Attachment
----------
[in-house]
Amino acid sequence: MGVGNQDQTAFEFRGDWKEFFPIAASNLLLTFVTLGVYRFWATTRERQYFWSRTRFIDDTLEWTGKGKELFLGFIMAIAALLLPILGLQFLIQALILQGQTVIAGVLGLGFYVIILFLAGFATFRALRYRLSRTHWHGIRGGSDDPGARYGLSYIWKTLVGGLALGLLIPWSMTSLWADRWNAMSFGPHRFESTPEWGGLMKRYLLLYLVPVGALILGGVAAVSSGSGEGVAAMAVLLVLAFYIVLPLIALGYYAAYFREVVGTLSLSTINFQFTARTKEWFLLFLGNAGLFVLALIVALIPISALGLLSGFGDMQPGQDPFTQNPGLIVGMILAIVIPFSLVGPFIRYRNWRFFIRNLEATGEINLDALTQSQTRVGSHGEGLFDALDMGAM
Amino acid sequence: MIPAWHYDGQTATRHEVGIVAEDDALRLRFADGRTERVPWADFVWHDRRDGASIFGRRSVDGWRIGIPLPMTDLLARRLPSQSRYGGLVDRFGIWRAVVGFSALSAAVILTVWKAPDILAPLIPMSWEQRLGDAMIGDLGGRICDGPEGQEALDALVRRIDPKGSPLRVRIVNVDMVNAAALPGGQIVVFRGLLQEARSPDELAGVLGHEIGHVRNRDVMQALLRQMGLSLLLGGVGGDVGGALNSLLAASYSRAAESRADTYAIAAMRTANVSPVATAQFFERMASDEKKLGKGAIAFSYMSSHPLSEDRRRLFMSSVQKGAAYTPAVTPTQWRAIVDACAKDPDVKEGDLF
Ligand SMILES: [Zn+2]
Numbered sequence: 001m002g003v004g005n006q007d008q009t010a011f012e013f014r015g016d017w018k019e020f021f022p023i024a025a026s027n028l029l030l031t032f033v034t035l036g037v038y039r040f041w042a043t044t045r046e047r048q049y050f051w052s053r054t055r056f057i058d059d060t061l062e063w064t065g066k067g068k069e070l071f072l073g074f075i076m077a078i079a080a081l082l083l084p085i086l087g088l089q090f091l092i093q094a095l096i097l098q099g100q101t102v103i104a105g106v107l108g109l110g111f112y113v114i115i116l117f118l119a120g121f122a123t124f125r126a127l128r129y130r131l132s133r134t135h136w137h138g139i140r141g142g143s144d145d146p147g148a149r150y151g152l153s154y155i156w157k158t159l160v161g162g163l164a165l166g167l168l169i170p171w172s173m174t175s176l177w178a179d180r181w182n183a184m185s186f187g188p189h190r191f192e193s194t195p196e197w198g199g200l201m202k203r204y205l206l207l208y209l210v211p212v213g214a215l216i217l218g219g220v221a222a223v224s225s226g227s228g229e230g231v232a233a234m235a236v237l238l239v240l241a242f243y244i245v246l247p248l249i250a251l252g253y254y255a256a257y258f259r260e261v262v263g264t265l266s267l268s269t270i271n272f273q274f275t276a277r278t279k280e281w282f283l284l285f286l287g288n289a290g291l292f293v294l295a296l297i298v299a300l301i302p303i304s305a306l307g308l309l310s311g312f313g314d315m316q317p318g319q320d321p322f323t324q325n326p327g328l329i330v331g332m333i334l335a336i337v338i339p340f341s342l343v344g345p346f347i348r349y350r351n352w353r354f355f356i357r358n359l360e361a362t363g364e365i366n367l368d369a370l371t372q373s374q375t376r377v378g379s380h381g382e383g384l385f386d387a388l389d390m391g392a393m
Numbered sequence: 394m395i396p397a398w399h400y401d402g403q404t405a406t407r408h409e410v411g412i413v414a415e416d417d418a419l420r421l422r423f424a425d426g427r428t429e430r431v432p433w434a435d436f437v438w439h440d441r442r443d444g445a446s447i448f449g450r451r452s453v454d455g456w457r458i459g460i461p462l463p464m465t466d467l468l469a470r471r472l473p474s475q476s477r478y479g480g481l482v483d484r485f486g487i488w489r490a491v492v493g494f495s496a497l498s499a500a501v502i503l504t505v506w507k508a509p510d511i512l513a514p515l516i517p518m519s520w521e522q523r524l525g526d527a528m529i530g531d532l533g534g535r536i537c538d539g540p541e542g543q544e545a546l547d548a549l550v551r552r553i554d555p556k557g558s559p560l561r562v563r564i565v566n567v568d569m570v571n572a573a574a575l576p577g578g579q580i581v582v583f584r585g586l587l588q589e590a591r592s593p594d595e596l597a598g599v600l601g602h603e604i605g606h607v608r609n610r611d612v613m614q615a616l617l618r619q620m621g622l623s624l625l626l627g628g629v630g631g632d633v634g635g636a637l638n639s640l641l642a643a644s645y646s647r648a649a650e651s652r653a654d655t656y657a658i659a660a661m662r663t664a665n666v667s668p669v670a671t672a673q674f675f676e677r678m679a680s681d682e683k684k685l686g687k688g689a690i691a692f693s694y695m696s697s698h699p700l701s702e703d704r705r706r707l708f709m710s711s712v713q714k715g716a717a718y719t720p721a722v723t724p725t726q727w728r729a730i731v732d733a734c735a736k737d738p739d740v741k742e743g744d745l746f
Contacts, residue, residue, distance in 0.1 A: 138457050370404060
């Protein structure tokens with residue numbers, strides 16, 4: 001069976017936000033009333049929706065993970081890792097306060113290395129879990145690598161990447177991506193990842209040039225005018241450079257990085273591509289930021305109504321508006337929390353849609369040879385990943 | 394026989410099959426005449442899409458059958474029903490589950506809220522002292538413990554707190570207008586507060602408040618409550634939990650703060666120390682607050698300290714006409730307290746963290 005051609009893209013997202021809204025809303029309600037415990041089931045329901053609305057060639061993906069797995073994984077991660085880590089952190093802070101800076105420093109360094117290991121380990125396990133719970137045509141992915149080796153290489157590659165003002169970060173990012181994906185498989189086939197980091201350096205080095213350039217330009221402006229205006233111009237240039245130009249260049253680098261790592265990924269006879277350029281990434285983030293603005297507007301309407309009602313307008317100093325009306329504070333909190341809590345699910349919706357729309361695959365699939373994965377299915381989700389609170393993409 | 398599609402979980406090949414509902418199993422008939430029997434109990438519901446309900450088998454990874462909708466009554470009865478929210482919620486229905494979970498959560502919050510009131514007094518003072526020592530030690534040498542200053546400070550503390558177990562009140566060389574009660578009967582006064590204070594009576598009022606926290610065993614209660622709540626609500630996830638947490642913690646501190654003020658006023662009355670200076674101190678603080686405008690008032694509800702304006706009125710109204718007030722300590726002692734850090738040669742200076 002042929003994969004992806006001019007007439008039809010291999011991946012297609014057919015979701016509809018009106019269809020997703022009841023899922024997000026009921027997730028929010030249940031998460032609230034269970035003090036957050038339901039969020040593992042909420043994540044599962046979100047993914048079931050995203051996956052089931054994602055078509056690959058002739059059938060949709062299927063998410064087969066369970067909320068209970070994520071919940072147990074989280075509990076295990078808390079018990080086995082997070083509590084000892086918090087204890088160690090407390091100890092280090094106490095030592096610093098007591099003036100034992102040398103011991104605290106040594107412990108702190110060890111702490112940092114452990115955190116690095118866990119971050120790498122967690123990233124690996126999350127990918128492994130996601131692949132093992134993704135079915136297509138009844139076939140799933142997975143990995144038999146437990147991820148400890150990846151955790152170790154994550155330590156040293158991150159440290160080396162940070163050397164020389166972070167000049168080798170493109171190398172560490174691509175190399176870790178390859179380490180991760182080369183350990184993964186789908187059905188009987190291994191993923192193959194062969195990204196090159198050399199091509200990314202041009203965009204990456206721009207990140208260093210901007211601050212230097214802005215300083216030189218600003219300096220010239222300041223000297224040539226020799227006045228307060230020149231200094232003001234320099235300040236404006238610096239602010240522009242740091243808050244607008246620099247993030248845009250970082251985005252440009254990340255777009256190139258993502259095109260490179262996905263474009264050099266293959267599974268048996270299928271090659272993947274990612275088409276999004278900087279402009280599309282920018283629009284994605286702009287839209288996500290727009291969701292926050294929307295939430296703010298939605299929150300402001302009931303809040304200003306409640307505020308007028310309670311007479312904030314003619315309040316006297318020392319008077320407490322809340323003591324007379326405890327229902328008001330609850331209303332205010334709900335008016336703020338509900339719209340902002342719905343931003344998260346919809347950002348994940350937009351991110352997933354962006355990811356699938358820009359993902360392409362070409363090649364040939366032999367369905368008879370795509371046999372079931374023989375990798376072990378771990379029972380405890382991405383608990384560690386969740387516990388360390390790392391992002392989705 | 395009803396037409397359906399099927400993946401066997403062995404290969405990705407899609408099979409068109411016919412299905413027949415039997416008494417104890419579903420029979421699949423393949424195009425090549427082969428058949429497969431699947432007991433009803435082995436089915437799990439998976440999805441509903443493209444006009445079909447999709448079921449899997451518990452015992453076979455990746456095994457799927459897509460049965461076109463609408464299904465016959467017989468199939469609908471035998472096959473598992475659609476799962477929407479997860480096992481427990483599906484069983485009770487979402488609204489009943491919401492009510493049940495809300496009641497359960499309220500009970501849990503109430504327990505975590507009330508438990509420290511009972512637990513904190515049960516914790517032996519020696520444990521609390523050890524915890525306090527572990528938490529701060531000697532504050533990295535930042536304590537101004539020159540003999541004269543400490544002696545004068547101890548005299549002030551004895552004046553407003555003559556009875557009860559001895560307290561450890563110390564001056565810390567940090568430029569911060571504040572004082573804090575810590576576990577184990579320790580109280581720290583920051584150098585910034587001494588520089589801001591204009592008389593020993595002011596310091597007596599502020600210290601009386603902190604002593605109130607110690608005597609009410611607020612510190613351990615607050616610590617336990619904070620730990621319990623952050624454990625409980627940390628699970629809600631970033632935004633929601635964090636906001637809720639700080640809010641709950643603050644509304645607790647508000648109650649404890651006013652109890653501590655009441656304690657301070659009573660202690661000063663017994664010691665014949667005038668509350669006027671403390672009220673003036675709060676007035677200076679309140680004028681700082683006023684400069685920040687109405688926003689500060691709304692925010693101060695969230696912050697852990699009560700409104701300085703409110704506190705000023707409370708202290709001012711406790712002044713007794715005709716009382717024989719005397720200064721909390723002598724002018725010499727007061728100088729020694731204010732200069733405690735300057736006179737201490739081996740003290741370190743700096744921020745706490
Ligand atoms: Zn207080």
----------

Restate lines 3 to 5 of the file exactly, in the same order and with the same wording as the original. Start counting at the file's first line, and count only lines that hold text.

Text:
Amino acid sequence: MIPAWHYDGQTATRHEVGIVAEDDALRLRFADGRTERVPWADFVWHDRRDGASIFGRRSVDGWRIGIPLPMTDLLARRLPSQSRYGGLVDRFGIWRAVVGFSALSAAVILTVWKAPDILAPLIPMSWEQRLGDAMIGDLGGRICDGPEGQEALDALVRRIDPKGSPLRVRIVNVDMVNAAALPGGQIVVFRGLLQEARSPDELAGVLGHEIGHVRNRDVMQALLRQMGLSLLLGGVGGDVGGALNSLLAASYSRAAESRADTYAIAAMRTANVSPVATAQFFERMASDEKKLGKGAIAFSYMSSHPLSEDRRRLFMSSVQKGAAYTPAVTPTQWRAIVDACAKDPDVKEGDLF
Ligand SMILES: [Zn+2]
Numbered sequence: 001m002g003v004g005n006q007d008q009t010a011f012e013f014r015g016d017w018k019e020f021f022p023i024a025a026s027n028l029l030l031t032f033v034t035l036g037v038y039r040f041w042a043t044t045r046e047r048q049y050f051w052s053r054t055r056f057i058d059d060t061l062e063w064t065g066k067g068k069e070l071f072l073g074f075i076m077a078i079a080a081l082l083l084p085i086l087g088l089q090f091l092i093q094a095l096i097l098q099g100q101t102v103i104a105g106v107l108g109l110g111f112y113v114i115i116l117f118l119a120g121f122a123t124f125r126a127l128r129y130r131l132s133r134t135h136w137h138g139i140r141g142g143s144d145d146p147g148a149r150y151g152l153s154y155i156w157k158t159l160v161g162g163l164a165l166g167l168l169i170p171w172s173m174t175s176l177w178a179d180r181w182n183a184m185s186f187g188p189h190r191f192e193s194t195p196e197w198g199g200l201m202k203r204y205l206l207l208y209l210v211p212v213g214a215l216i217l218g219g220v221a222a223v224s225s226g227s228g229e230g231v232a233a234m235a236v237l238l239v240l241a242f243y244i245v246l247p248l249i250a251l252g253y254y255a256a257y258f259r260e261v262v263g264t265l266s267l268s269t270i271n272f273q274f275t276a277r278t279k280e281w282f283l284l285f286l287g288n289a290g291l292f293v294l295a296l297i298v299a300l301i302p303i304s305a306l307g308l309l310s311g312f313g314d315m316q317p318g319q320d321p322f323t324q325n326p327g328l329i330v331g332m333i334l335a336i337v338i339p340f341s342l343v344g345p346f347i348r349y350r351n352w353r354f355f356i357r358n359l360e361a362t363g364e365i366n367l368d369a370l371t372q373s374q375t376r377v378g379s380h381g382e383g384l385f386d387a388l389d390m391g392a393m